# RUROS Informe resumido

Project ID:
EVK4-CT-2000-00032

Financiado con arreglo a:
FP5-EESD

País:
Denmark

## Methodology for CFD-modelling of open spaces

It is vital to have information about air velocities and air patterns when assessing comfort conditions on outdoor spaces. Data can be obtained through full scale monitoring on site or through wind tunnel tests, but both solutions can be very costly. Another way to obtain data is to carry out CFD calculations of the concerned space. This however requires a methodology, as CFD is a very calculation heavy type of software.

CFD (Computational Fluid Dynamics) is a computer simulation tool used to calculate flow data for different kinds of fluids. CFD could be used for studies of the water flow in a river stream, the air movement in an urban space or other fluid situations. The governing flow equations are the Navier-Stokes equations for transport of mass, momentum and energy. If the flow is turbulent an additional set of transport equations is needed. Since the equations are highly non-linear and coupled they are too complex to be solved by simple calculation. Therefore, in order to analyse a specific fluid situation, it is often necessary to use either experimental data (measurements on site or in a wind tunnel) or numerical data from CFD.

Through the last decades computer technology has developed rapidly and made it possible to simulate fluid motions in such ways that the results are very much in accordance with existent fluid situations. CFD can therefore be used as an advisory tool, which presents a realistic picture of a certain flow situation.

The most significant features of CFD are the very big model files and the very long calculation time - the bigger model file, the longer time it takes to calculate. Therefore many CFD users try to decrease the size of the model in order to reduce the calculation time. This often leads to a com-promise in the detailing of the model. Therefore it is utterly important to be aware of how to prioritise during modelling, i.e. which sections requires detailed modelling and which sections do not, in order to obtain reliable results.

The basic principles in using CFD are:

- Model building - definition of a control volume (the river or the urban area) and what is in it (e.g. rocks or buildings;

- Boundary conditions - what comes in and what goes out of the control volume;

- Generating a mesh - divides the model in to smaller pieces;

- Validation of the model - a check to assure the reliability of the model;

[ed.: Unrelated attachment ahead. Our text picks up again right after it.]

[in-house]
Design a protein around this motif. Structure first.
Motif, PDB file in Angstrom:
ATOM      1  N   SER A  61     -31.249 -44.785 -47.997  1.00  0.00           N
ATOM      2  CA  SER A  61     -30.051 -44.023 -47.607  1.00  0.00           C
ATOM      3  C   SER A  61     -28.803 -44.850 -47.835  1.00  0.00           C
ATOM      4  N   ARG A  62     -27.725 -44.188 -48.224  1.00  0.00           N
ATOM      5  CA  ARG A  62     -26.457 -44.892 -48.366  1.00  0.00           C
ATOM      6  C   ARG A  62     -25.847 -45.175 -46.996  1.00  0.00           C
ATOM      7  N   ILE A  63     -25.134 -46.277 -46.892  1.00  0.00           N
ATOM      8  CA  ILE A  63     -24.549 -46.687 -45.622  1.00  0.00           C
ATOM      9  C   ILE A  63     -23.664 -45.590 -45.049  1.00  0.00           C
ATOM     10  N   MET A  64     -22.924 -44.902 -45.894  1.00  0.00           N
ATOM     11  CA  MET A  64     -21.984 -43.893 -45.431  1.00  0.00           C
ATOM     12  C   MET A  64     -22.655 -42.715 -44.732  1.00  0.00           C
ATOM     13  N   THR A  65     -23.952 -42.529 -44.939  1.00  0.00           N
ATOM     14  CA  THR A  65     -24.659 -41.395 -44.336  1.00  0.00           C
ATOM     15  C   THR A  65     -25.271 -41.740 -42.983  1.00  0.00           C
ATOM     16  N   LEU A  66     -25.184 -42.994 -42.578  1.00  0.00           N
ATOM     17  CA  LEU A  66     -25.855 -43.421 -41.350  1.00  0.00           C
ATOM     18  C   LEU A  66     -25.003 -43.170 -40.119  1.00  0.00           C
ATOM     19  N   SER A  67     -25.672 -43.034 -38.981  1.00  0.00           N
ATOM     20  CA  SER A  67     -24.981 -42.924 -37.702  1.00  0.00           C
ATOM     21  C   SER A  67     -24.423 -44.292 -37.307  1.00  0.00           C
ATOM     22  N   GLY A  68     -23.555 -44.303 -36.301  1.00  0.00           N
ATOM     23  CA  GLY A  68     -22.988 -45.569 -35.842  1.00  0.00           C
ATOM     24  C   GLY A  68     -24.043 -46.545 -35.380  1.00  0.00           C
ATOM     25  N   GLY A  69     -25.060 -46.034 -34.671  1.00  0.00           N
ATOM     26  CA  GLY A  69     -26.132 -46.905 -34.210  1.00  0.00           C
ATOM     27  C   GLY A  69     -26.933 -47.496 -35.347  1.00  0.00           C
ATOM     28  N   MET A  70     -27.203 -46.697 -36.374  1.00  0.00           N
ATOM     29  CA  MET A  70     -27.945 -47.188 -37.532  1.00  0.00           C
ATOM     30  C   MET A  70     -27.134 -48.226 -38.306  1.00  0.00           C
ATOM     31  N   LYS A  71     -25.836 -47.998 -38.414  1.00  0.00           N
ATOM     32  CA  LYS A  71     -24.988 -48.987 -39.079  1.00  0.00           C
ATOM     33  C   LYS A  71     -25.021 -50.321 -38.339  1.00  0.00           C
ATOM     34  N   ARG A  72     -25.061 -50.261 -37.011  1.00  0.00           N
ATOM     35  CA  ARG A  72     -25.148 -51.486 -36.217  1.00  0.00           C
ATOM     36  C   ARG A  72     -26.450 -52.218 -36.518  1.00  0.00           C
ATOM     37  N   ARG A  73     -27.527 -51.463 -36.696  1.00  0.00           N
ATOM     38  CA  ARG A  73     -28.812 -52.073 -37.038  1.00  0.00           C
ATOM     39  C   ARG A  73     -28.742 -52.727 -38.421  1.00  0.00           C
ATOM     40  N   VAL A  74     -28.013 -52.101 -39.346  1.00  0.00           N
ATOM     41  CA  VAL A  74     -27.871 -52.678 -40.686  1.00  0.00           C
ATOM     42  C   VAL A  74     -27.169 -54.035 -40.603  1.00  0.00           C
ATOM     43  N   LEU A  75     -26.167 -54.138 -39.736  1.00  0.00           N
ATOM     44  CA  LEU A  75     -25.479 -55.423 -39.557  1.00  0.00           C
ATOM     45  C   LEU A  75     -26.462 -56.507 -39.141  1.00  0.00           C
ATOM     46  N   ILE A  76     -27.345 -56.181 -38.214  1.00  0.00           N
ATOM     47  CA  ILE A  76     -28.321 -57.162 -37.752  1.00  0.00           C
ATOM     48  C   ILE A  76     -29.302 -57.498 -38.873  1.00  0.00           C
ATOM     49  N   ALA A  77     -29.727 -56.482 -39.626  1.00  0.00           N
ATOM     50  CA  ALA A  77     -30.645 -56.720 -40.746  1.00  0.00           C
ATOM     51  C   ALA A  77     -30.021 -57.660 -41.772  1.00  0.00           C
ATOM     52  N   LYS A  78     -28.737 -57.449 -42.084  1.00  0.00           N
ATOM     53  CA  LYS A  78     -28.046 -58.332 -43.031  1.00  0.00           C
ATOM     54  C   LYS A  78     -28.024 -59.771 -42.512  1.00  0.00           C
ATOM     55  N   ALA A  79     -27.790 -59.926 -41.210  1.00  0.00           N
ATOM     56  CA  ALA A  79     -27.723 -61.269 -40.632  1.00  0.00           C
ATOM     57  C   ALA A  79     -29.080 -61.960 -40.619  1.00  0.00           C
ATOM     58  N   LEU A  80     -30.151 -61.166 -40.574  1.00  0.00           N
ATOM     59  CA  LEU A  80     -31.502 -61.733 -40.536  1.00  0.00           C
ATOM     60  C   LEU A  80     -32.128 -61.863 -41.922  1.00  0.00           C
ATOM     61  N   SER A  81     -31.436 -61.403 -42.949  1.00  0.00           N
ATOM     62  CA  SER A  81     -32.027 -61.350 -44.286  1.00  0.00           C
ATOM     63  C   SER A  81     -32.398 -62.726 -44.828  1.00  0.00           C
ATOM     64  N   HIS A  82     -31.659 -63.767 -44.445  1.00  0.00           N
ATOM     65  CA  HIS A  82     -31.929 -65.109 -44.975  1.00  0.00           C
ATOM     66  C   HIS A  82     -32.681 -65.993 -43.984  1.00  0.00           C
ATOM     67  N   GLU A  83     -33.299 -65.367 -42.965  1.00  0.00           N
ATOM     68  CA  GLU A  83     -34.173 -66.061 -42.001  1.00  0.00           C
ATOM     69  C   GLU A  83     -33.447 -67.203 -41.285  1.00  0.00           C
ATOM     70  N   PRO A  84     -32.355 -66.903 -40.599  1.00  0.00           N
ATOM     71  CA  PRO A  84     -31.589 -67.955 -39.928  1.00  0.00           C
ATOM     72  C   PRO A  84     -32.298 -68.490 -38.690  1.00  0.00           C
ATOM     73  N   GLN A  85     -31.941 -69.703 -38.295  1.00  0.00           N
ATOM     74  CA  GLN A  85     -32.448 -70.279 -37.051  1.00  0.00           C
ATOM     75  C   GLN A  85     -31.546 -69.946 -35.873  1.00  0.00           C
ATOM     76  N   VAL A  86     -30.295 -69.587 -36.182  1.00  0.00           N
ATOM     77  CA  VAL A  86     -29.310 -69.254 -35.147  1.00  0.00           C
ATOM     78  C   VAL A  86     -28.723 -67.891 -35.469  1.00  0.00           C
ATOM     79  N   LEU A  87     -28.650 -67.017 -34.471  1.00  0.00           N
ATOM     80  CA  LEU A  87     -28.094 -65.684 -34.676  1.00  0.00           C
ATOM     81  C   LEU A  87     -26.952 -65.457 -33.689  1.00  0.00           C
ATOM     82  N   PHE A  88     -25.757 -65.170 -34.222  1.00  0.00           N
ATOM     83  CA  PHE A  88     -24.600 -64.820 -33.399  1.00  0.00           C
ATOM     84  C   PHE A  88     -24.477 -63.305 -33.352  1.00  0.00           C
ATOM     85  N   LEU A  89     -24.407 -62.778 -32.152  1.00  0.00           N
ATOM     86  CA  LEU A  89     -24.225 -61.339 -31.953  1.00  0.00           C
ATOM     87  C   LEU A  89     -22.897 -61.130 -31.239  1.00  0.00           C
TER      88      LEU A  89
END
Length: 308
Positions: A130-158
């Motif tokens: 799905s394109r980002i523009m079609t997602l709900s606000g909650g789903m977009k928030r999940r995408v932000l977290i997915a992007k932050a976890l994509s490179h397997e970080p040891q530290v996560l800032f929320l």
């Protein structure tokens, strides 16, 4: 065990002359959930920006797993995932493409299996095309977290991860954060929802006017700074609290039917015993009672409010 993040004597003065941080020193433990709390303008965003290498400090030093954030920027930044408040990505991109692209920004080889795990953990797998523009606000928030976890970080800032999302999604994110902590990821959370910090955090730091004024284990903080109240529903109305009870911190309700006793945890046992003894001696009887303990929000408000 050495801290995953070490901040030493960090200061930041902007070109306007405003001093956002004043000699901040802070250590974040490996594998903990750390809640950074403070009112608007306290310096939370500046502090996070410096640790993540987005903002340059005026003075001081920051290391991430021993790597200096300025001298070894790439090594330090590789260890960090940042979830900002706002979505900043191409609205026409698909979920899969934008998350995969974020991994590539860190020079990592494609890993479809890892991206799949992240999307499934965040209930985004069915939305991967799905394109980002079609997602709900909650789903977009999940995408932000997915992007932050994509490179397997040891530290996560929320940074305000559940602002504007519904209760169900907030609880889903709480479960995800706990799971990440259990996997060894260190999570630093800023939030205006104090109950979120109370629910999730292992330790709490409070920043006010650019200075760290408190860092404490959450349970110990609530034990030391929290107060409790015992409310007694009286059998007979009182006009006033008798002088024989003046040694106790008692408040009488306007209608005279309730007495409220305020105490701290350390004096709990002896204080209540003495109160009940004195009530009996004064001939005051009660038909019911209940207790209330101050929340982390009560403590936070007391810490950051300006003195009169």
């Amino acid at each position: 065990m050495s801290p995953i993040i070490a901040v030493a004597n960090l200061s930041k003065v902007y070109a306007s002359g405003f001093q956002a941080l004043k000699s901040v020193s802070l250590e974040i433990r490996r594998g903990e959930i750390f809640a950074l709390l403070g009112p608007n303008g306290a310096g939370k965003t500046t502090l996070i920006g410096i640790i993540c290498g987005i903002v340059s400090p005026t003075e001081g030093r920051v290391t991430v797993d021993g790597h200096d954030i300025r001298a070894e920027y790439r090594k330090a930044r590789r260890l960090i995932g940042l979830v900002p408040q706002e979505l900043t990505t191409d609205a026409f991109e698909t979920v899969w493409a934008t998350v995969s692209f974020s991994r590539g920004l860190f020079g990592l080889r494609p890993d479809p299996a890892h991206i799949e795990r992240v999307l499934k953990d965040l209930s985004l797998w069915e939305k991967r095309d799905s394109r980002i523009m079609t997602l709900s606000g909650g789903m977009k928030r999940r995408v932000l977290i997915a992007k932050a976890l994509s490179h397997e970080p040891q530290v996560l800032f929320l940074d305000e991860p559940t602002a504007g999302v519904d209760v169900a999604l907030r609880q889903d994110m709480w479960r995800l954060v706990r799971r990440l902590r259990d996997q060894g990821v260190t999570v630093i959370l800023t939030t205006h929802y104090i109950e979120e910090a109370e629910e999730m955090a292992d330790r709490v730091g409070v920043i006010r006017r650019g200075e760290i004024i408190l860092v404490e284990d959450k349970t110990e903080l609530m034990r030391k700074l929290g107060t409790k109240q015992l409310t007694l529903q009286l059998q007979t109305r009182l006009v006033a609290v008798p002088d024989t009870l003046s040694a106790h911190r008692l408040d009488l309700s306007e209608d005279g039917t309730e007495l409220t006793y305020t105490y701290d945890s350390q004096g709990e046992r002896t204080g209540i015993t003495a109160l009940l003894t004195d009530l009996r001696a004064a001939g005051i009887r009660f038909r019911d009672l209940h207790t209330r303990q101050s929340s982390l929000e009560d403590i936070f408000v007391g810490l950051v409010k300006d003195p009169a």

- Calculations;

- Evaluation of results.

Most times there is an iterative procedure from the model building to the validation of the model; the model is often revised several times in order to find the optimal model.

The methodology describes these principles in detail and demonstrates the principles on two specific example studies.

CFD (Computational Fluid Dynamics) is a computer simulation tool used to calculate flow data for different kinds of fluids. CFD could be used for studies of the water flow in a river stream, the air movement in an urban space or other fluid situations. The governing flow equations are the Navier-Stokes equations for transport of mass, momentum and energy. If the flow is turbulent an additional set of transport equations is needed. Since the equations are highly non-linear and coupled they are too complex to be solved by simple calculation. Therefore, in order to analyse a specific fluid situation, it is often necessary to use either experimental data (measurements on site or in a wind tunnel) or numerical data from CFD.

Through the last decades computer technology has developed rapidly and made it possible to simulate fluid motions in such ways that the results are very much in accordance with existent fluid situations. CFD can therefore be used as an advisory tool, which presents a realistic picture of a certain flow situation.

The most significant features of CFD are the very big model files and the very long calculation time - the bigger model file, the longer time it takes to calculate. Therefore many CFD users try to decrease the size of the model in order to reduce the calculation time. This often leads to a com-promise in the detailing of the model. Therefore it is utterly important to be aware of how to prioritise during modelling, i.e. which sections requires detailed modelling and which sections do not, in order to obtain reliable results.

The basic principles in using CFD are:

- Model building - definition of a control volume (the river or the urban area) and what is in it (e.g. rocks or buildings;

- Boundary conditions - what comes in and what goes out of the control volume;

- Generating a mesh - divides the model in to smaller pieces;

- Validation of the model - a check to assure the reliability of the model;

- Calculations;

- Evaluation of results.

Most times there is an iterative procedure from the model building to the validation of the model; the model is often revised several times in order to find the optimal model.

The methodology describes these principles in detail and demonstrates the principles on two specific example studies.